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Those New Harry Potter Houses – What Do They Mean?

Those New Harry Potter Houses – What Do They Mean?

As you may know, the upcoming Harry Potter-related film Fantastic Beasts and Where to Find Them will include the North American wizards and their school, called Ilvermorny. A redditor recently noticed a bit of code in the Pottermore website implying the existence of not only a sorting ceremony for Ilvermorny, but the names of the Houses. They appear to be: Horned Serpent, Wampus, Thunderbird, and Pukwudgie. World shattering news. Wizarding World shattering.

Each of these Houses could be named after each of these animals or these could be just the mascots for each of the houses. Let’s drill down into what each of them means and see if we can piece together how the American school might work. What’s going to be immediately evident is that each of the four appears to be associated with one of the cardinal European elements: fire, earth, air, and water. They’re also each associated with an animal, making it easy to give them House crests.

Horned Serpent

Appearing in many of the mythologies of the Native Americans, the massive Horned Serpent is generally associated with water, rain, lighting, and thunder. According to the Sioux, a group of dangerous reptilian water monsters once existed which were destroyed by the Thunderbirds, which happens to be another House at the school. Maybe there’s going to be some history to the legend, a conflict or rivalry between the two Houses, similar to Gryffendor and Slytherin. Maybe Horned Serpent students sometimes speak parseltongue. Who knows.

Another element of the legend which might point us towards a magical specialty is the fact that in legend the Horned Serpent had crystalline scales and a single, large crystal in its forehead, both of which were prized for use in divination.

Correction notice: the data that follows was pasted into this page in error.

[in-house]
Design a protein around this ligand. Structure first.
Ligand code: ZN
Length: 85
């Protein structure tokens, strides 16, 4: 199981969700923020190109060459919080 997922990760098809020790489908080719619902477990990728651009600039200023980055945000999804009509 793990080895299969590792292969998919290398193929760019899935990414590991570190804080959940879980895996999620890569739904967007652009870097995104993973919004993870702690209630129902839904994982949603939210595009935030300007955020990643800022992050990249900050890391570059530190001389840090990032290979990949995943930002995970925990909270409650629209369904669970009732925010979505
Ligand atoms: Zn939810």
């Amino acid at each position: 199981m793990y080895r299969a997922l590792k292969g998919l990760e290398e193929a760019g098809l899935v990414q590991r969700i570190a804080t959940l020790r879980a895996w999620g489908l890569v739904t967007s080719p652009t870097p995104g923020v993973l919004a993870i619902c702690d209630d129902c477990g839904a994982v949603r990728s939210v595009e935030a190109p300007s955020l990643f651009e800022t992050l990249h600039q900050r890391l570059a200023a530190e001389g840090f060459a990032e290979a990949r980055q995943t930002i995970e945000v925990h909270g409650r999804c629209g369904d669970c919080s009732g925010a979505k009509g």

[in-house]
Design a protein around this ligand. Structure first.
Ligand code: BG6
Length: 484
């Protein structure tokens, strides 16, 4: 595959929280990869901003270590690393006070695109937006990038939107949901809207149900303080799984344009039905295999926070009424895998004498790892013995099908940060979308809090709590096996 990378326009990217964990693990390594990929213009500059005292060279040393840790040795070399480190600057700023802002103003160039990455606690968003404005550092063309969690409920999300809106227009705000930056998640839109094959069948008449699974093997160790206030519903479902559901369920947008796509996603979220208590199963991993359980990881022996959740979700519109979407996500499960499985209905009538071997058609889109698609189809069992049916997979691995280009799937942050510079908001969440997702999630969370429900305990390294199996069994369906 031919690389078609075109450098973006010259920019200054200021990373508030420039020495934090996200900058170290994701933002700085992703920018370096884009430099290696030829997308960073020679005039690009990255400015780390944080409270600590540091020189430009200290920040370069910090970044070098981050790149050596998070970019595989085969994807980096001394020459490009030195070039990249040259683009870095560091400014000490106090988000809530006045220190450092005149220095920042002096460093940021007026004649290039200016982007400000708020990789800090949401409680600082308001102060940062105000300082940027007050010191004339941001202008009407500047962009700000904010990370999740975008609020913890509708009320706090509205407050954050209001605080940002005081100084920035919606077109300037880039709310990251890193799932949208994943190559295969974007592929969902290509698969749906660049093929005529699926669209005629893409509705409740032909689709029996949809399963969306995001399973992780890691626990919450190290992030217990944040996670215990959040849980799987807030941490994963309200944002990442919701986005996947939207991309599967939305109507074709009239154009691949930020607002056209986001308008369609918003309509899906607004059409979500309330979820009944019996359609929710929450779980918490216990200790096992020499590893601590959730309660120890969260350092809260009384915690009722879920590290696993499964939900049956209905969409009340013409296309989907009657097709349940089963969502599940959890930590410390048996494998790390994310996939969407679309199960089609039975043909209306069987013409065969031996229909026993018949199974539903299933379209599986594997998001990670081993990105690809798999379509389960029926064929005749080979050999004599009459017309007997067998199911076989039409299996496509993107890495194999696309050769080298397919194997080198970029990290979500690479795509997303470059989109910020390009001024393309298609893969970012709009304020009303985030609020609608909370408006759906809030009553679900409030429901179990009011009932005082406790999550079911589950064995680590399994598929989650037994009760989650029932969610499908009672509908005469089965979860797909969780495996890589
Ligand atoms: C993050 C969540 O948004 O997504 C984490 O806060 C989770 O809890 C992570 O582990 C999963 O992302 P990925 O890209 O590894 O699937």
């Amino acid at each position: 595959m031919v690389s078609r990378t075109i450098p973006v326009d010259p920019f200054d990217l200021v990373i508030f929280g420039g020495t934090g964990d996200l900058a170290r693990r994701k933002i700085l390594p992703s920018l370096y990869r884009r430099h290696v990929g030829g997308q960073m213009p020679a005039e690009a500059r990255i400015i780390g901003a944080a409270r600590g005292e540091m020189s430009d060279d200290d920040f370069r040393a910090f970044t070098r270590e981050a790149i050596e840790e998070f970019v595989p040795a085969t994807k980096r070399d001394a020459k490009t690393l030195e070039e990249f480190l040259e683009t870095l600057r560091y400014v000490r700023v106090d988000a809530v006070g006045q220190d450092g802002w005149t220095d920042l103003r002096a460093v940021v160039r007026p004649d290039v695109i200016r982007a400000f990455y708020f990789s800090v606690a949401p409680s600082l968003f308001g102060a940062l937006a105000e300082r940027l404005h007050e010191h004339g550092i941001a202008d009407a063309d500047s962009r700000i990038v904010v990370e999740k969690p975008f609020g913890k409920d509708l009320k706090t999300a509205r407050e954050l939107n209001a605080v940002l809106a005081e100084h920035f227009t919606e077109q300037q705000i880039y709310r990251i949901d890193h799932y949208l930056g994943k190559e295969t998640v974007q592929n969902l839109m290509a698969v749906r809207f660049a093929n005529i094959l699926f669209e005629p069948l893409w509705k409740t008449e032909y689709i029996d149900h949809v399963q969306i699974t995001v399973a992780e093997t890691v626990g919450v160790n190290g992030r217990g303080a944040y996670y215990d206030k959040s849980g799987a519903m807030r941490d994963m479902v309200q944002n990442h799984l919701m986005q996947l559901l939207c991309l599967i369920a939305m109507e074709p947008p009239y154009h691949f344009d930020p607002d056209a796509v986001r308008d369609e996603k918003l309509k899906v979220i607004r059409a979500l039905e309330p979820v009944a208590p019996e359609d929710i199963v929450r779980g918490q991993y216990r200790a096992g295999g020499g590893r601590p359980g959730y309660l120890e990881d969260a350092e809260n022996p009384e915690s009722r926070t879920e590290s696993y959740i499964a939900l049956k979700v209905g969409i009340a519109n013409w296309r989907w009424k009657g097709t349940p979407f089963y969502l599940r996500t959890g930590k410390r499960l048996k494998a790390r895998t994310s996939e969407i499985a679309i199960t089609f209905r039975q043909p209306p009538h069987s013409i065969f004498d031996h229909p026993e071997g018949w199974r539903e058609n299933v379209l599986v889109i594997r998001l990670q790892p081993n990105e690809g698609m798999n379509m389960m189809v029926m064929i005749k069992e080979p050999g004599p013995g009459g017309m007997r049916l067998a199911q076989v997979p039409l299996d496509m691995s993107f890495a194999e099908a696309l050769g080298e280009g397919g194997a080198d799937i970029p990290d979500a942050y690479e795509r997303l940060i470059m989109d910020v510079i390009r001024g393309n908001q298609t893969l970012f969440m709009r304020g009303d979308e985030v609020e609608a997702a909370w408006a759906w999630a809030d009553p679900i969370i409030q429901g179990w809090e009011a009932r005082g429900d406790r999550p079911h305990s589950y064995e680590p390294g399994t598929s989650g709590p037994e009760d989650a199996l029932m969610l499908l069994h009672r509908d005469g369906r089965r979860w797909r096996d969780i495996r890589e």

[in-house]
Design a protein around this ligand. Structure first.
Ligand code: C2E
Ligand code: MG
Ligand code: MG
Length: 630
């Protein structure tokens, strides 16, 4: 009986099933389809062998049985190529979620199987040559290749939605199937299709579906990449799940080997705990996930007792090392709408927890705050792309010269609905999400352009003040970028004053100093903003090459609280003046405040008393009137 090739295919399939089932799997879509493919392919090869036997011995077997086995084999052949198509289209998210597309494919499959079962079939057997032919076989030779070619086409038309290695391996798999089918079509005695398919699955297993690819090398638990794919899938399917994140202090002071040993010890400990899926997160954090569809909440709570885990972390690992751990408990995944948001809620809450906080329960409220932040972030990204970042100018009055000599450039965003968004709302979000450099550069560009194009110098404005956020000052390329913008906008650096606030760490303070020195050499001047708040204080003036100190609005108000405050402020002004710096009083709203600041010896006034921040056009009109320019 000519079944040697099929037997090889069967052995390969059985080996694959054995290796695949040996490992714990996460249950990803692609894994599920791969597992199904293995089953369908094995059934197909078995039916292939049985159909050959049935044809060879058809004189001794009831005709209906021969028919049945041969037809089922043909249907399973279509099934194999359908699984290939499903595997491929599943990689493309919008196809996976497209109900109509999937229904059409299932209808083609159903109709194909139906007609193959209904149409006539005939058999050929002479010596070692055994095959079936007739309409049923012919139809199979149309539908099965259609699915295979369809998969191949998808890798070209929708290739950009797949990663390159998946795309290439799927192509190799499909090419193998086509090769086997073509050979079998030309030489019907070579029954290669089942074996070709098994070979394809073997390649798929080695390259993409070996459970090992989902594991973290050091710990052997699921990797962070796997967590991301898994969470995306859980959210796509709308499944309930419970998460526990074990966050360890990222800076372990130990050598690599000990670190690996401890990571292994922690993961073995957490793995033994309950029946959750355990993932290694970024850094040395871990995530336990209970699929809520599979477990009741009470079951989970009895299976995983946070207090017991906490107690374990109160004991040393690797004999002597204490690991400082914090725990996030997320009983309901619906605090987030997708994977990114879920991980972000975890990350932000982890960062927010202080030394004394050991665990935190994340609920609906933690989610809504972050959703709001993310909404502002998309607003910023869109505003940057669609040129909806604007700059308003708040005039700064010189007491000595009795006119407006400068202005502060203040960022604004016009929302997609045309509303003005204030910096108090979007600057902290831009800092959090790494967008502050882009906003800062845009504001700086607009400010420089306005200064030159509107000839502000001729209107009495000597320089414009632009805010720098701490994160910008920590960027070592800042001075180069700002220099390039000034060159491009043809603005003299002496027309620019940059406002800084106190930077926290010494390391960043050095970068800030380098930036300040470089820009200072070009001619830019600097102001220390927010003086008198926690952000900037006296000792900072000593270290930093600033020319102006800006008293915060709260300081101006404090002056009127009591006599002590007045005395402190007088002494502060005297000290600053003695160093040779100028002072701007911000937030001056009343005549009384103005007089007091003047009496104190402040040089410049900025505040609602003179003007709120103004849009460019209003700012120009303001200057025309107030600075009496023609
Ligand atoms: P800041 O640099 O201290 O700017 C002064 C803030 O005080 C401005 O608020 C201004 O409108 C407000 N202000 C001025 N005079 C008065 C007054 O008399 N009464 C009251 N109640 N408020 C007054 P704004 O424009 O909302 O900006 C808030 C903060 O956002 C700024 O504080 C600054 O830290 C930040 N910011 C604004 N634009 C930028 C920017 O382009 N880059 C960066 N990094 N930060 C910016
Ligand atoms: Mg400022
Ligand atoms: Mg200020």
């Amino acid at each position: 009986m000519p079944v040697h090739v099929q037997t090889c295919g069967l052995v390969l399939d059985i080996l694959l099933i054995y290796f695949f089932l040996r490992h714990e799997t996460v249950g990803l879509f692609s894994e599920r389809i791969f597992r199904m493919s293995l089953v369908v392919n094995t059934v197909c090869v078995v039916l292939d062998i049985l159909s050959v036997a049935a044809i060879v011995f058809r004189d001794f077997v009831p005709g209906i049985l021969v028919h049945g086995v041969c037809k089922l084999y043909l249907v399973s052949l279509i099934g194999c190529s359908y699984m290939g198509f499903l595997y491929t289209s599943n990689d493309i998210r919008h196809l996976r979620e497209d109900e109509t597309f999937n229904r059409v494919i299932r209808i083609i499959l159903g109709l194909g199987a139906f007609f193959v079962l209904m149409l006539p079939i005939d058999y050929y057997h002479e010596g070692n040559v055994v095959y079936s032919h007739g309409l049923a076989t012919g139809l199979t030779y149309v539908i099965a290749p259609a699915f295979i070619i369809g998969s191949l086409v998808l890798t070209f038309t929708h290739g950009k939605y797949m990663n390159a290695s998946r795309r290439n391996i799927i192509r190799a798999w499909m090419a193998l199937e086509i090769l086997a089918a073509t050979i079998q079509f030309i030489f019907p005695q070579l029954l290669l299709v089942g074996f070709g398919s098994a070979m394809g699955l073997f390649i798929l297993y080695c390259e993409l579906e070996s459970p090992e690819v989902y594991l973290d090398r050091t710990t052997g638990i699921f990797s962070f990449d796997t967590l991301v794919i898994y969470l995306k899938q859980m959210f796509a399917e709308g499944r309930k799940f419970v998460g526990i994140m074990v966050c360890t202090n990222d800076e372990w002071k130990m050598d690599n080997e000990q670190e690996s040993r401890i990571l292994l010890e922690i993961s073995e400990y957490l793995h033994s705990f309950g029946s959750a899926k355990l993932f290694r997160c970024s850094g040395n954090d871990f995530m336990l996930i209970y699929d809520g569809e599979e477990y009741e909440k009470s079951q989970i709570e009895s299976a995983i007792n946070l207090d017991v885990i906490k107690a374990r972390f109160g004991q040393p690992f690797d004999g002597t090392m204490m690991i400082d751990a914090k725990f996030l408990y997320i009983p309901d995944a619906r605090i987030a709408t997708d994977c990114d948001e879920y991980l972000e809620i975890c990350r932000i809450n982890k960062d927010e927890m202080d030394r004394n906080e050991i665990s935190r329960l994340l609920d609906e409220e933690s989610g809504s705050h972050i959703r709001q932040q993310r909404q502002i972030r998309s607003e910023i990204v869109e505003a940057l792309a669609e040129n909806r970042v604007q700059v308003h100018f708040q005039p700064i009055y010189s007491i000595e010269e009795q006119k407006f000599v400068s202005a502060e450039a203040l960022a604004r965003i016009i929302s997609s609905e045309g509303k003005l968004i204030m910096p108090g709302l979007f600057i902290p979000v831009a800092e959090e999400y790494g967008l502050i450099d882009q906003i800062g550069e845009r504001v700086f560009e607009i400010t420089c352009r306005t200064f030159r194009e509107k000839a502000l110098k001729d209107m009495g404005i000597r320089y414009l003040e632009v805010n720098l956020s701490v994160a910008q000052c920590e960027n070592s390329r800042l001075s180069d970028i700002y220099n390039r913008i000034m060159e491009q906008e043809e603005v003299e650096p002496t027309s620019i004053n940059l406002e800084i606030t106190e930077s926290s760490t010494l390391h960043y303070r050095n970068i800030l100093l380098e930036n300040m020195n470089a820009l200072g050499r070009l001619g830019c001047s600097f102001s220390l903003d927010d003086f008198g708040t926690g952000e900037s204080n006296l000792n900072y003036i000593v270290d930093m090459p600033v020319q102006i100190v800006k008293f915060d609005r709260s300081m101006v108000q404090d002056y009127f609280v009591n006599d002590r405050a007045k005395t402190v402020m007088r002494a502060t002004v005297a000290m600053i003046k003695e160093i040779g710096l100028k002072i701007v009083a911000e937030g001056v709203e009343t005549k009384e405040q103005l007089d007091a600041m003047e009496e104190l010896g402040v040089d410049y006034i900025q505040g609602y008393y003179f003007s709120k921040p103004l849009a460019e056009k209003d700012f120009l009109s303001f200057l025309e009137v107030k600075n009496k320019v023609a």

Wampus

The Wampus Cat is a fearsome cougar in Native American myths. In Cherokee legend, she is a woman who disguises herself as a cougar in order to spy on the men of the tribe, which sounds a lot like an animagus. In East Tennessee, the Wampus Cat is considered a spirit of death and the earth, continuing the trend of creatures associated with the earth, air, fire, and water. Importantly, the Pottermore section on the History of Magic in North America lists Wampus Cat as a source of hair for magic wands, saying of the wandmaker Johannes Janker:

“His wands were highly sought after and instantly recognisable, as they were usually inlaid with mother-of-pearl. After experimenting with many cores, Jonker’s preferred magical material was hair of the Wampus cat.”

Thunderbird

Thunderbird is a supernatural bird of tremendous size, power, and strength in the legends of the Native Americans from the Pacific Northwest to the Great Lakes. Thunderbird is generally believed to have been inspired by the bald eagle, common to the northwest coast. It’s name comes from the idea that the large bird’s flapping causes thunder and stirs the wind. Pottermore also talks about the use of Thunderbird in wand making:

“Shikoba Wolfe, who was of Choctaw descent, was primarily famous for intricately carved wands containing Thunderbird tail feathers (the Thunderbird is a magical American bird closely related to the phoenix).”

Pukwudgie

The Pukwudgie is a short, troll-like being from Wampanoag folklore, with enlarged noses, fingers, and ears. Though they sound pretty much physically identical to Goblins in the Wizarding World, they act a bit more like a Red Cap or Grindylow, luring people to their deaths. They are able to disappear at will, turn into a porcupine, use magic, shoot poison arrows, and create fire.

So, that’s what we know so far. Any theories as to what kinds of people get sorted into which Houses? Where do these elements fit in, if at all? And are the Horned Serpents really just a branch of House Slytherin? Let us know what you think below.

Featured Image Credit: pottermore.com

H/T: Hypable

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